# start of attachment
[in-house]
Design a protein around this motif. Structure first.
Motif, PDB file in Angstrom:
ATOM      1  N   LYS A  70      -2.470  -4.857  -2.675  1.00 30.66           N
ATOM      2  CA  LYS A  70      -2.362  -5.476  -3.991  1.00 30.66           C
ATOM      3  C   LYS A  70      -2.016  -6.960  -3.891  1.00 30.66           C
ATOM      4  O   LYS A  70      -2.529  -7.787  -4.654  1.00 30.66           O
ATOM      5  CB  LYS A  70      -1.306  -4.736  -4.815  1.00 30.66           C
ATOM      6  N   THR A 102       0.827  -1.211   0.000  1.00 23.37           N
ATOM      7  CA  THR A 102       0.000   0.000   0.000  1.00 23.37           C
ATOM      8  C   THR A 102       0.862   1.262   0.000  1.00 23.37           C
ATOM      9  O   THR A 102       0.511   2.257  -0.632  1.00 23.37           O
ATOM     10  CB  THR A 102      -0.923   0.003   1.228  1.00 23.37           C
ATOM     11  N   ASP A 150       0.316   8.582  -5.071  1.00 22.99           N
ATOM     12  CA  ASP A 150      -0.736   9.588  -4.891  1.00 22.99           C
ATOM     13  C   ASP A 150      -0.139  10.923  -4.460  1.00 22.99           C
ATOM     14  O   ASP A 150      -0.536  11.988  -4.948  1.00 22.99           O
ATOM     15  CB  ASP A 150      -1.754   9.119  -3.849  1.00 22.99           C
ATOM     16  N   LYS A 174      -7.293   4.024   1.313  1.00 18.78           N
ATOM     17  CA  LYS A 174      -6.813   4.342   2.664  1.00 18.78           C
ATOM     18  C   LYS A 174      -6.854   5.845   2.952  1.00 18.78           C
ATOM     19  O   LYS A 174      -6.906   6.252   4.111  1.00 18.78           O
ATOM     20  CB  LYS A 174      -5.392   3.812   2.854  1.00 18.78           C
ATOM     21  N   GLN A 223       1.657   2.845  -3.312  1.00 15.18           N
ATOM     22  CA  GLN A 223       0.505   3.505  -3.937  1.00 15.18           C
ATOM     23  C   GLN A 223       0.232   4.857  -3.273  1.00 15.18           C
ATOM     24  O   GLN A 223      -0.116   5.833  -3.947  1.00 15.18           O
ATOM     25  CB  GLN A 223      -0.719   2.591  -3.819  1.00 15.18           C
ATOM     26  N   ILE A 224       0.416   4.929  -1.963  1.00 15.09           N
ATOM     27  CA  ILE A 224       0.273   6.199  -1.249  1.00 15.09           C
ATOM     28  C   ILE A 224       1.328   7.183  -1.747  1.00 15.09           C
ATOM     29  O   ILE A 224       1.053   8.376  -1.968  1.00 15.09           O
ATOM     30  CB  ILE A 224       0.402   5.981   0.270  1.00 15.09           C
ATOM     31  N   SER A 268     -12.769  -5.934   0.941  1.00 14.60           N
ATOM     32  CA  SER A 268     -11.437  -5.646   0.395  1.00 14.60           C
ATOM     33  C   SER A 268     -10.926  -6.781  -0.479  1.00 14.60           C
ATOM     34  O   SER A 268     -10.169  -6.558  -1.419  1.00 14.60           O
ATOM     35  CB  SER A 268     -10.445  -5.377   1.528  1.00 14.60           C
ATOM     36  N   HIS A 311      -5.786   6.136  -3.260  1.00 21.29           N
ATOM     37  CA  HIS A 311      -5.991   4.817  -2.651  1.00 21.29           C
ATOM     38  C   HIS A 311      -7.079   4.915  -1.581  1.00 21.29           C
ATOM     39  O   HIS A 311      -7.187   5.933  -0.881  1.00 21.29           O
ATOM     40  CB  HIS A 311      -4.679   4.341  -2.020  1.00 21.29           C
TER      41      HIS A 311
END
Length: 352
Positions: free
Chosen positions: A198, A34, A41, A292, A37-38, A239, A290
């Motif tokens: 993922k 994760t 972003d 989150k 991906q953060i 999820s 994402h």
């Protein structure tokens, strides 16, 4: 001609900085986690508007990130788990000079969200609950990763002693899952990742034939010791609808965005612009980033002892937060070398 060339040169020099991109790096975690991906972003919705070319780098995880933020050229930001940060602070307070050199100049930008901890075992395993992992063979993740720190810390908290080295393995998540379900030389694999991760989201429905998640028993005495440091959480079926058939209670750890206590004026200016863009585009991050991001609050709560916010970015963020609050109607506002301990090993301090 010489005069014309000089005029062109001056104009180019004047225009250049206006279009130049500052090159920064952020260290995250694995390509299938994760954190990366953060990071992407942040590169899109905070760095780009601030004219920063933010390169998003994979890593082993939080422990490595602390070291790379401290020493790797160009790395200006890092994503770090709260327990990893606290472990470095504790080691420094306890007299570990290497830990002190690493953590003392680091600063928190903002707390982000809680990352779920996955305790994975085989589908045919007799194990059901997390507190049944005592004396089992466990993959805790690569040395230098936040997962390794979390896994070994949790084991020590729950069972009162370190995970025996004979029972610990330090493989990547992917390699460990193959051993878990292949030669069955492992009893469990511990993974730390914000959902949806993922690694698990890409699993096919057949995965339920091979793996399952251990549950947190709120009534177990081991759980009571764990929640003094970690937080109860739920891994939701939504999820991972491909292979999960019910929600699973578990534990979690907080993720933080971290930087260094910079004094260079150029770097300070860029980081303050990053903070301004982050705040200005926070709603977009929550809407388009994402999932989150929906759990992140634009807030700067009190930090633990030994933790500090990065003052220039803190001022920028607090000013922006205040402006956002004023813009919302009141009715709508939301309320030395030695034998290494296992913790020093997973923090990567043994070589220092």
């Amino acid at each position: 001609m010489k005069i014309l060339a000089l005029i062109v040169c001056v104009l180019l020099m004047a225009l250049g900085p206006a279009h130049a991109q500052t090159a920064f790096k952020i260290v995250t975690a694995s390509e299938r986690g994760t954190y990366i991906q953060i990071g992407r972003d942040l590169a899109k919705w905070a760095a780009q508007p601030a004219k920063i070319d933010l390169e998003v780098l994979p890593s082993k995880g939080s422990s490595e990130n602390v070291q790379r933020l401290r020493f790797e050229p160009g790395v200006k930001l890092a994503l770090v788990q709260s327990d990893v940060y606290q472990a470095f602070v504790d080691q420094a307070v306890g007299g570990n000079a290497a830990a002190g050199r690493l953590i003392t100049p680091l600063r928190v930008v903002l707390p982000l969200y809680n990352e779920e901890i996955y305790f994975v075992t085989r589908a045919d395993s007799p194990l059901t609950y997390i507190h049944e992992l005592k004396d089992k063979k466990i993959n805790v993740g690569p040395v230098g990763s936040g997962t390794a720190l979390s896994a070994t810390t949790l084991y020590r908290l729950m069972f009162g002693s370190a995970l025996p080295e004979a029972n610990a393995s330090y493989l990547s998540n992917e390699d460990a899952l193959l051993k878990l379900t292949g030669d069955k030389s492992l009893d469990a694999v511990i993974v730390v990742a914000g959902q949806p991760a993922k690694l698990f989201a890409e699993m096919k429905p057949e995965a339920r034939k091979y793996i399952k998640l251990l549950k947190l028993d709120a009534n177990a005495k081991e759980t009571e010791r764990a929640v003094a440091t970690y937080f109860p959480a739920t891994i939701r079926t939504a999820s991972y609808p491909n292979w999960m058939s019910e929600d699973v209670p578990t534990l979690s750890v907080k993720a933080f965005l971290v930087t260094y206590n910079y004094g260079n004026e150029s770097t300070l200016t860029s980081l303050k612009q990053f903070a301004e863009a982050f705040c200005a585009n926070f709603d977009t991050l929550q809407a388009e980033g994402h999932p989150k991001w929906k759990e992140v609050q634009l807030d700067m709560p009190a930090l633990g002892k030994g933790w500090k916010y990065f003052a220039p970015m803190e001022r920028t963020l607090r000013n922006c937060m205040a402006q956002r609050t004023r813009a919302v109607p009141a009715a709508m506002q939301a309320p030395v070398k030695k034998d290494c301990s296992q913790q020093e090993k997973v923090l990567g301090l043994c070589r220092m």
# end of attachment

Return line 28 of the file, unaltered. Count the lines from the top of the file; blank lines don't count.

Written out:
ATOM     25  CB  GLN A 223      -0.719   2.591  -3.819  1.00 15.18           C